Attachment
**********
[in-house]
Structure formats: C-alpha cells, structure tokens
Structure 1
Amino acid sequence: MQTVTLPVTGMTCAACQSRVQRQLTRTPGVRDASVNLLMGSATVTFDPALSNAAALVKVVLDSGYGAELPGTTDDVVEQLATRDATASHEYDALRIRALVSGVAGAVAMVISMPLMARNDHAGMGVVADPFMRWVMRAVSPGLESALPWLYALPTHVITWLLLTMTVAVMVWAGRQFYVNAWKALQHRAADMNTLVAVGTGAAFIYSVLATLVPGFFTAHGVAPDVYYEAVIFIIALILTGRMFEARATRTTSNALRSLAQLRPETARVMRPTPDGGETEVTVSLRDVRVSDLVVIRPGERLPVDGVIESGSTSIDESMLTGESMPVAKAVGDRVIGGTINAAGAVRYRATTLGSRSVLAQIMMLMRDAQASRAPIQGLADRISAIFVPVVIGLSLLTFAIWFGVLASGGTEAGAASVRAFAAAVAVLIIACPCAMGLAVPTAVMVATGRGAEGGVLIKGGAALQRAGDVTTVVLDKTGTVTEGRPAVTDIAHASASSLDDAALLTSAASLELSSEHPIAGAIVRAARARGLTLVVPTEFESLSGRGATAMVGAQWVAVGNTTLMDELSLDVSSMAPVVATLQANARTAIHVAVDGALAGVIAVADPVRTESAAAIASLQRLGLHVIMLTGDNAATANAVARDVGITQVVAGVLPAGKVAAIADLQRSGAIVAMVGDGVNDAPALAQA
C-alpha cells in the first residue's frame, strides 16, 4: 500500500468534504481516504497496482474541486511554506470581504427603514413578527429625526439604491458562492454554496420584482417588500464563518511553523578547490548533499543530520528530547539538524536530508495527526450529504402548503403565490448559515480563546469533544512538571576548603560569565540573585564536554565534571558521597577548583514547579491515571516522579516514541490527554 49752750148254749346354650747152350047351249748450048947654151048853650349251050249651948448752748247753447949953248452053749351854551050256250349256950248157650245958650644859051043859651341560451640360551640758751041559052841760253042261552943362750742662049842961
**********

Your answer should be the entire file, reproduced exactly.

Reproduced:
[in-house]
Structure formats: C-alpha cells, structure tokens
Structure 1
Amino acid sequence: MQTVTLPVTGMTCAACQSRVQRQLTRTPGVRDASVNLLMGSATVTFDPALSNAAALVKVVLDSGYGAELPGTTDDVVEQLATRDATASHEYDALRIRALVSGVAGAVAMVISMPLMARNDHAGMGVVADPFMRWVMRAVSPGLESALPWLYALPTHVITWLLLTMTVAVMVWAGRQFYVNAWKALQHRAADMNTLVAVGTGAAFIYSVLATLVPGFFTAHGVAPDVYYEAVIFIIALILTGRMFEARATRTTSNALRSLAQLRPETARVMRPTPDGGETEVTVSLRDVRVSDLVVIRPGERLPVDGVIESGSTSIDESMLTGESMPVAKAVGDRVIGGTINAAGAVRYRATTLGSRSVLAQIMMLMRDAQASRAPIQGLADRISAIFVPVVIGLSLLTFAIWFGVLASGGTEAGAASVRAFAAAVAVLIIACPCAMGLAVPTAVMVATGRGAEGGVLIKGGAALQRAGDVTTVVLDKTGTVTEGRPAVTDIAHASASSLDDAALLTSAASLELSSEHPIAGAIVRAARARGLTLVVPTEFESLSGRGATAMVGAQWVAVGNTTLMDELSLDVSSMAPVVATLQANARTAIHVAVDGALAGVIAVADPVRTESAAAIASLQRLGLHVIMLTGDNAATANAVARDVGITQVVAGVLPAGKVAAIADLQRSGAIVAMVGDGVNDAPALAQA
C-alpha cells in the first residue's frame, strides 16, 4: 500500500468534504481516504497496482474541486511554506470581504427603514413578527429625526439604491458562492454554496420584482417588500464563518511553523578547490548533499543530520528530547539538524536530508495527526450529504402548503403565490448559515480563546469533544512538571576548603560569565540573585564536554565534571558521597577548583514547579491515571516522579516514541490527554 49752750148254749346354650747152350047351249748450048947654151048853650349251050249651948448752748247753447949953248452053749351854551050256250349256950248157650245958650644859051043859651341560451640360551640758751041559052841760253042261552943362750742662049842961